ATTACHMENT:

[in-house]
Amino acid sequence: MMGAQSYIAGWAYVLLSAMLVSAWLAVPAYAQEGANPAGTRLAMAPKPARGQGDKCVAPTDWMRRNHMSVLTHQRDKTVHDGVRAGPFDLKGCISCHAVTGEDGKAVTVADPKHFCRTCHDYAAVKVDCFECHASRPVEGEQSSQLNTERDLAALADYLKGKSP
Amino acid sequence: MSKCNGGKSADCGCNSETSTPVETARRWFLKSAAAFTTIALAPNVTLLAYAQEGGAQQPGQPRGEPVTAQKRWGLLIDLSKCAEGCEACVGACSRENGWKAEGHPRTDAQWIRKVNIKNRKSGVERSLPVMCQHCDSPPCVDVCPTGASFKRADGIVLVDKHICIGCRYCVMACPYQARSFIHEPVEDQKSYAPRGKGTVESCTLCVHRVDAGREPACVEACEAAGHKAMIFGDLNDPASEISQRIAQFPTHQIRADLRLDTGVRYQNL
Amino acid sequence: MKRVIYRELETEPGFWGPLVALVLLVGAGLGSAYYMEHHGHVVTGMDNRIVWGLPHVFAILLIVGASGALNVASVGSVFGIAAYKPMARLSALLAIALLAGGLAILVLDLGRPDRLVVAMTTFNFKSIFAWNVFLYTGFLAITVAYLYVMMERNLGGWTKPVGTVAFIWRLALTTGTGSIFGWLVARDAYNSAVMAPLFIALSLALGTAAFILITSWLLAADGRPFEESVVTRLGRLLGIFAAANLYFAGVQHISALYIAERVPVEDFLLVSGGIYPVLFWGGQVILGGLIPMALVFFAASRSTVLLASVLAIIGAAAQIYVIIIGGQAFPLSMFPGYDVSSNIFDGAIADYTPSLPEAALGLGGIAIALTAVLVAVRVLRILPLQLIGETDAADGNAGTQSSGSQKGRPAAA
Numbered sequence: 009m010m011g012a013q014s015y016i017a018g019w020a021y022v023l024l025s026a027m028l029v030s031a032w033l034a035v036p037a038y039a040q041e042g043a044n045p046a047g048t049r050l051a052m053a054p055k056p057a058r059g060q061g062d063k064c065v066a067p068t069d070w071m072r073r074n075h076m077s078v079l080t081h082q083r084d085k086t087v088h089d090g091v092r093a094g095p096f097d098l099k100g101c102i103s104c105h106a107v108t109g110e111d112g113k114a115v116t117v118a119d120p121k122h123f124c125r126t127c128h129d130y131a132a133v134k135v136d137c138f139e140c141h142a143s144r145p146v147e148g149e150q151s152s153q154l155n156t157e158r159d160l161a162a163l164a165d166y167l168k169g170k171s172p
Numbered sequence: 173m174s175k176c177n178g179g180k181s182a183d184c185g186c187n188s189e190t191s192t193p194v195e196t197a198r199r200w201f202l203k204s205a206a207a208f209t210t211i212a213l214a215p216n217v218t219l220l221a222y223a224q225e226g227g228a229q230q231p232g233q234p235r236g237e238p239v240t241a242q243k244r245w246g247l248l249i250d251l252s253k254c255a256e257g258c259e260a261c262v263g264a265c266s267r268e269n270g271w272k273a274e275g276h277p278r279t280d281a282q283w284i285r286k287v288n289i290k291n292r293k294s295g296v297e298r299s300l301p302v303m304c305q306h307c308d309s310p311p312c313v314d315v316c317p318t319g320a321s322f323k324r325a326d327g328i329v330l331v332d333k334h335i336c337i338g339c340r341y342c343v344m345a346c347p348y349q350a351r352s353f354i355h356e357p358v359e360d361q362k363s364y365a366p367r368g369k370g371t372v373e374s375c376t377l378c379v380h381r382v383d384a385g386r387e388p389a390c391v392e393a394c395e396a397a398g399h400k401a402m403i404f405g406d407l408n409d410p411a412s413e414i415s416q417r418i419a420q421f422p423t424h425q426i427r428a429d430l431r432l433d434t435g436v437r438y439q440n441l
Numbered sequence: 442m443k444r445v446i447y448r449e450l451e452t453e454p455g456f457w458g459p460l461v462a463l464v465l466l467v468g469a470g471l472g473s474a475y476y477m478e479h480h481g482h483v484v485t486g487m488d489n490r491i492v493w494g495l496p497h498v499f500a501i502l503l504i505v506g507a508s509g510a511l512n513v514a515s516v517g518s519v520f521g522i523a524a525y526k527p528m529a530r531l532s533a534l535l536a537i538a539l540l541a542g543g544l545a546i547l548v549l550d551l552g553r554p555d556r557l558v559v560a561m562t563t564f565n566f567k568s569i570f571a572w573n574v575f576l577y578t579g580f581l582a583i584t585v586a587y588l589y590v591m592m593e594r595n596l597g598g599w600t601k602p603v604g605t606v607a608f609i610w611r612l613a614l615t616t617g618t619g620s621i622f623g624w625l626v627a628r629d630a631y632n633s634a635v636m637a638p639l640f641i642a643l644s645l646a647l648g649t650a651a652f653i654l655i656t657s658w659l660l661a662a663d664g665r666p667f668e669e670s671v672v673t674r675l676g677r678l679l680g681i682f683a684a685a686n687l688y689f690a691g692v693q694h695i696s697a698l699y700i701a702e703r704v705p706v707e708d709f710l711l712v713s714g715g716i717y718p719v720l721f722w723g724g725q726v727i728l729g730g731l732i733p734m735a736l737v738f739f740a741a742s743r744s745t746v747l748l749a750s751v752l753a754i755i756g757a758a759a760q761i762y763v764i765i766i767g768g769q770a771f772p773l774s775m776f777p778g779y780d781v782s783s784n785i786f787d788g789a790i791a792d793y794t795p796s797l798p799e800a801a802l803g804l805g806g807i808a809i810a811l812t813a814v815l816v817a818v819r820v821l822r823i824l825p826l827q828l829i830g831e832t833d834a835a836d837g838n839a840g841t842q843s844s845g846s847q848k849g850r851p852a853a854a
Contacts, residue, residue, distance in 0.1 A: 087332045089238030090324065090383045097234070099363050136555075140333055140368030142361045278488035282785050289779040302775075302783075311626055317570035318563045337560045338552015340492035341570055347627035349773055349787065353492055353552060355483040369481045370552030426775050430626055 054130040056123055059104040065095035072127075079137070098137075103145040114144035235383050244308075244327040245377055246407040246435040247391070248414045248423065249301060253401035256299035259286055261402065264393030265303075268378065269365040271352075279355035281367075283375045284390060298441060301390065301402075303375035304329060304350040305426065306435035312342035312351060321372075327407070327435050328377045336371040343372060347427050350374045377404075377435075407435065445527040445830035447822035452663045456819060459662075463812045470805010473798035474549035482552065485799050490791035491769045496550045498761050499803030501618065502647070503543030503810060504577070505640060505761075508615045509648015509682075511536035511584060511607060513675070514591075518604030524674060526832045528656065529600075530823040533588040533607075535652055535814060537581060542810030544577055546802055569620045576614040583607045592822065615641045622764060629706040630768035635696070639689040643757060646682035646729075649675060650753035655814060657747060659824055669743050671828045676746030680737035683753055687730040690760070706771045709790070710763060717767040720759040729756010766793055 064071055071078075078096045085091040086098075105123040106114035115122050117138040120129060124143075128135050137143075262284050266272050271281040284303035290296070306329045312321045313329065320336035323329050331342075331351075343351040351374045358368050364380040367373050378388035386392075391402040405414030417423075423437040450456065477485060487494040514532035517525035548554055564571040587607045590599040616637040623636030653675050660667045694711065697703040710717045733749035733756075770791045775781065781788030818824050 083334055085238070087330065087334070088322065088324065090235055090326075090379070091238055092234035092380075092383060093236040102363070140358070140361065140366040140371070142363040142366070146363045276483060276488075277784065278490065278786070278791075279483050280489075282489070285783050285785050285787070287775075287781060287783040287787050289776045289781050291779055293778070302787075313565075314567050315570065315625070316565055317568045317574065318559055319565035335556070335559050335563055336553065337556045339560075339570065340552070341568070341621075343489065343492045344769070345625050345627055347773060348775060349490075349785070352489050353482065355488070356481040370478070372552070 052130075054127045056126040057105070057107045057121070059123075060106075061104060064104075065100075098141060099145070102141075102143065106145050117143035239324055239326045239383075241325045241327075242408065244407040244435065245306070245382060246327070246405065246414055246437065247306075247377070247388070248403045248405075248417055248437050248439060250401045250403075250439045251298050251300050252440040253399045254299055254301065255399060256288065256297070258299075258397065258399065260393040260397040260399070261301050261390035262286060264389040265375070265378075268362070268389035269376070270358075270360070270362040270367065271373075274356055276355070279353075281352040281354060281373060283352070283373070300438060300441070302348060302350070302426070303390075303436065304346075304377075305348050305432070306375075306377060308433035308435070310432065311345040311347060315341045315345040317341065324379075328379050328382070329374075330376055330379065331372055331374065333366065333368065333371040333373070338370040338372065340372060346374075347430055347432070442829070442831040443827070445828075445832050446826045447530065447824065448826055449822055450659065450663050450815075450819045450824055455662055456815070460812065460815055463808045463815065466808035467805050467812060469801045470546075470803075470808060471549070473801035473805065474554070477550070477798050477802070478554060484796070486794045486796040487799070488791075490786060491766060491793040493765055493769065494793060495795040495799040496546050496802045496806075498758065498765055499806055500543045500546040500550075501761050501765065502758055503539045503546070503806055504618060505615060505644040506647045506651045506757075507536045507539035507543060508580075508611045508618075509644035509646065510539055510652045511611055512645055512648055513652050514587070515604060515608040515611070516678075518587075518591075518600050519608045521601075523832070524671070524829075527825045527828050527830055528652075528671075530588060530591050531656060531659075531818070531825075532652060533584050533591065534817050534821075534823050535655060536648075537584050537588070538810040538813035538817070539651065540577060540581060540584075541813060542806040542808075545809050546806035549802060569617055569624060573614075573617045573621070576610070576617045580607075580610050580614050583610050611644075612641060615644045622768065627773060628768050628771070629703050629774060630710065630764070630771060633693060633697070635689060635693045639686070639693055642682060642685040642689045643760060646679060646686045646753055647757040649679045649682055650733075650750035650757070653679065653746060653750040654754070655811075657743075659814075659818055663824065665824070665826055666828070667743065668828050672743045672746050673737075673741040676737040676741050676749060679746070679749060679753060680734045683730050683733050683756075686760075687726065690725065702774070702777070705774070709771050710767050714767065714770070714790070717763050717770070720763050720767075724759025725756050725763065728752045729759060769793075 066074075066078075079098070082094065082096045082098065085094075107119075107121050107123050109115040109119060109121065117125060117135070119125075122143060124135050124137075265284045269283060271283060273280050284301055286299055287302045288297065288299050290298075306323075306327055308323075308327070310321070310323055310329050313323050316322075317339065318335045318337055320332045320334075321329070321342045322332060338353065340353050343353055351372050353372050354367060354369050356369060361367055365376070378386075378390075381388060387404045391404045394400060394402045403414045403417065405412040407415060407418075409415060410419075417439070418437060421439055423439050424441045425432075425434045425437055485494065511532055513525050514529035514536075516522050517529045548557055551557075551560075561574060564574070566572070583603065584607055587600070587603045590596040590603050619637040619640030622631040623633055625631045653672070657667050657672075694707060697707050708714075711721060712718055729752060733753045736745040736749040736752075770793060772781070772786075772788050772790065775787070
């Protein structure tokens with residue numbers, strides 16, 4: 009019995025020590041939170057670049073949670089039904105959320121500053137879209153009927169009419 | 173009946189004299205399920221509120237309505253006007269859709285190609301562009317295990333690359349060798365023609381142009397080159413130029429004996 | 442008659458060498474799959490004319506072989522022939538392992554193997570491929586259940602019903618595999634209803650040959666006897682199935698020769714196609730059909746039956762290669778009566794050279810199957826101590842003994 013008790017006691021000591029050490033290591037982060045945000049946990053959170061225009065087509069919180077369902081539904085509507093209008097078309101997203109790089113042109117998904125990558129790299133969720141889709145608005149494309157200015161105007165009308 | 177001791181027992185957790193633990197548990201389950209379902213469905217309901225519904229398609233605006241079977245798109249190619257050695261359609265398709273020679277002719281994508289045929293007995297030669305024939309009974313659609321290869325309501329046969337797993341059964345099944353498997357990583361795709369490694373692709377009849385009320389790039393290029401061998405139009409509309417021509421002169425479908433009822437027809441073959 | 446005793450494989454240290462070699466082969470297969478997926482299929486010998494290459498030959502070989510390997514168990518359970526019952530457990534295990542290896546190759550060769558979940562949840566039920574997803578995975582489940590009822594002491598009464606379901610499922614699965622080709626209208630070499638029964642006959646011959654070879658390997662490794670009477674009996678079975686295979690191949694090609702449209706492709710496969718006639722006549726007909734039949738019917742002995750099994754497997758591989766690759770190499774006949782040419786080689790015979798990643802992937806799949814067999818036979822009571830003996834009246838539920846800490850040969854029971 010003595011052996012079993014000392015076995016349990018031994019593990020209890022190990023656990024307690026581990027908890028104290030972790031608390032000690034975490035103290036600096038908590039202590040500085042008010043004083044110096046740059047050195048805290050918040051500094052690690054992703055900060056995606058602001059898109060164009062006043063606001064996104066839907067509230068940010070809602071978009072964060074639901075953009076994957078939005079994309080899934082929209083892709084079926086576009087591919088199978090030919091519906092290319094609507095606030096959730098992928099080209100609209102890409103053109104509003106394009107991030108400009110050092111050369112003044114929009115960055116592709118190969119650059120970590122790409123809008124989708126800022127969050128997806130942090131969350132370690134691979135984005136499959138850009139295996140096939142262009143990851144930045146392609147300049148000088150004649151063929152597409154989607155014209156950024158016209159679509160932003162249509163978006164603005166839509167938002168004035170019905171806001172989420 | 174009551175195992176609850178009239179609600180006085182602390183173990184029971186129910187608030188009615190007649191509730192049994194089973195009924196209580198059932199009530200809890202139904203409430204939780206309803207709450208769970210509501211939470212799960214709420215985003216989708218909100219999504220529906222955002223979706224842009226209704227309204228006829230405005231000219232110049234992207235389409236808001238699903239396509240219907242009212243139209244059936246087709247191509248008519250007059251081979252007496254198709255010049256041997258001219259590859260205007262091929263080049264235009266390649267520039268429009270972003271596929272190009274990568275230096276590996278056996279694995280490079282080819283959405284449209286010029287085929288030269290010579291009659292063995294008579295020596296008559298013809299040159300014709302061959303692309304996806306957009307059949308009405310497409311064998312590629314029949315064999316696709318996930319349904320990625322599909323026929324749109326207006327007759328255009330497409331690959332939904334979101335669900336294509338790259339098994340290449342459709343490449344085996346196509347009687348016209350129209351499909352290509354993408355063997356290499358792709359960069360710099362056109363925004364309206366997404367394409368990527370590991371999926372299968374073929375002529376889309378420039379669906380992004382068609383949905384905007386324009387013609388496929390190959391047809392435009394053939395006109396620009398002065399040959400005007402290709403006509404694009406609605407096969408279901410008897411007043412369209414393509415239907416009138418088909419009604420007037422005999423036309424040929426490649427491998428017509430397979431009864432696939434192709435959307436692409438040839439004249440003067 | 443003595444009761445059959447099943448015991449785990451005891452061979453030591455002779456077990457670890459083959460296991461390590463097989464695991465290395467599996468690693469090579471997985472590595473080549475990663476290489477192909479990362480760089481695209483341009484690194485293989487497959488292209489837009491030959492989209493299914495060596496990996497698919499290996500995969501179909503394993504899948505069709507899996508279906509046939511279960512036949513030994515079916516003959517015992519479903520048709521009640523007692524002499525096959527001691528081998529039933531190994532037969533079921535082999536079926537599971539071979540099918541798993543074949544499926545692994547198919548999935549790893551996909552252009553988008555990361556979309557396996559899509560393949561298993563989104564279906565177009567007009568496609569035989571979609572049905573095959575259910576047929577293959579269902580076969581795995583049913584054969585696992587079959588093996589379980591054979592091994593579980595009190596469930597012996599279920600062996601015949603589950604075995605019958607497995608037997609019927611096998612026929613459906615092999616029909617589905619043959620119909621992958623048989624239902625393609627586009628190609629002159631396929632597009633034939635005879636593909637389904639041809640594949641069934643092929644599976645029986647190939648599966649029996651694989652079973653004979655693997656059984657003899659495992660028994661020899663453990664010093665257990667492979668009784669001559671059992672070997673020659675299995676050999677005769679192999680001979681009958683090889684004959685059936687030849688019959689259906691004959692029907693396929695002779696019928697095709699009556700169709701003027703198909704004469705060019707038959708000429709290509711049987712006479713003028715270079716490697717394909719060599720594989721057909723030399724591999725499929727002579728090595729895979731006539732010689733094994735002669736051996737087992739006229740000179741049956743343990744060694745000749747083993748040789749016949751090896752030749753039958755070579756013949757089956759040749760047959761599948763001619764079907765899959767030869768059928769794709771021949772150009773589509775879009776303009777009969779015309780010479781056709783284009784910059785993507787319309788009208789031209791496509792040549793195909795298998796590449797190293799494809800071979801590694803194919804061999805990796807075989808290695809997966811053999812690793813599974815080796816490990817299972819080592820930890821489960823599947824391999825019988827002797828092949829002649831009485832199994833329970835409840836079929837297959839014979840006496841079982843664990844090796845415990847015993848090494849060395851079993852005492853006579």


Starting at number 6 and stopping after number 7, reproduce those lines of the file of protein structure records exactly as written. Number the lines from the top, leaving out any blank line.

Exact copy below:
Numbered sequence: 173m174s175k176c177n178g179g180k181s182a183d184c185g186c187n188s189e190t191s192t193p194v195e196t197a198r199r200w201f202l203k204s205a206a207a208f209t210t211i212a213l214a215p216n217v218t219l220l221a222y223a224q225e226g227g228a229q230q231p232g233q234p235r236g237e238p239v240t241a242q243k244r245w246g247l248l249i250d251l252s253k254c255a256e257g258c259e260a261c262v263g264a265c266s267r268e269n270g271w272k273a274e275g276h277p278r279t280d281a282q283w284i285r286k287v288n289i290k291n292r293k294s295g296v297e298r299s300l301p302v303m304c305q306h307c308d309s310p311p312c313v314d315v316c317p318t319g320a321s322f323k324r325a326d327g328i329v330l331v332d333k334h335i336c337i338g339c340r341y342c343v344m345a346c347p348y349q350a351r352s353f354i355h356e357p358v359e360d361q362k363s364y365a366p367r368g369k370g371t372v373e374s375c376t377l378c379v380h381r382v383d384a385g386r387e388p389a390c391v392e393a394c395e396a397a398g399h400k401a402m403i404f405g406d407l408n409d410p411a412s413e414i415s416q417r418i419a420q421f422p423t424h425q426i427r428a429d430l431r432l433d434t435g436v437r438y439q440n441l
Numbered sequence: 442m443k444r445v446i447y448r449e450l451e452t453e454p455g456f457w458g459p460l461v462a463l464v465l466l467v468g469a470g471l472g473s474a475y476y477m478e479h480h481g482h483v484v485t486g487m488d489n490r491i492v493w494g495l496p497h498v499f500a501i502l503l504i505v506g507a508s509g510a511l512n513v514a515s516v517g518s519v520f521g522i523a524a525y526k527p528m529a530r531l532s533a534l535l536a537i538a539l540l541a542g543g544l545a546i547l548v549l550d551l552g553r554p555d556r557l558v559v560a561m562t563t564f565n566f567k568s569i570f571a572w573n574v575f576l577y578t579g580f581l582a583i584t585v586a587y588l589y590v591m592m593e594r595n596l597g598g599w600t601k602p603v604g605t606v607a608f609i610w611r612l613a614l615t616t617g618t619g620s621i622f623g624w625l626v627a628r629d630a631y632n633s634a635v636m637a638p639l640f641i642a643l644s645l646a647l648g649t650a651a652f653i654l655i656t657s658w659l660l661a662a663d664g665r666p667f668e669e670s671v672v673t674r675l676g677r678l679l680g681i682f683a684a685a686n687l688y689f690a691g692v693q694h695i696s697a698l699y700i701a702e703r704v705p706v707e708d709f710l711l712v713s714g715g716i717y718p719v720l721f722w723g724g725q726v727i728l729g730g731l732i733p734m735a736l737v738f739f740a741a742s743r744s745t746v747l748l749a750s751v752l753a754i755i756g757a758a759a760q761i762y763v764i765i766i767g768g769q770a771f772p773l774s775m776f777p778g779y780d781v782s783s784n785i786f787d788g789a790i791a792d793y794t795p796s797l798p799e800a801a802l803g804l805g806g807i808a809i810a811l812t813a814v815l816v817a818v819r820v821l822r823i824l825p826l827q828l829i830g831e832t833d834a835a836d837g838n839a840g841t842q843s844s845g846s847q848k849g850r851p852a853a854a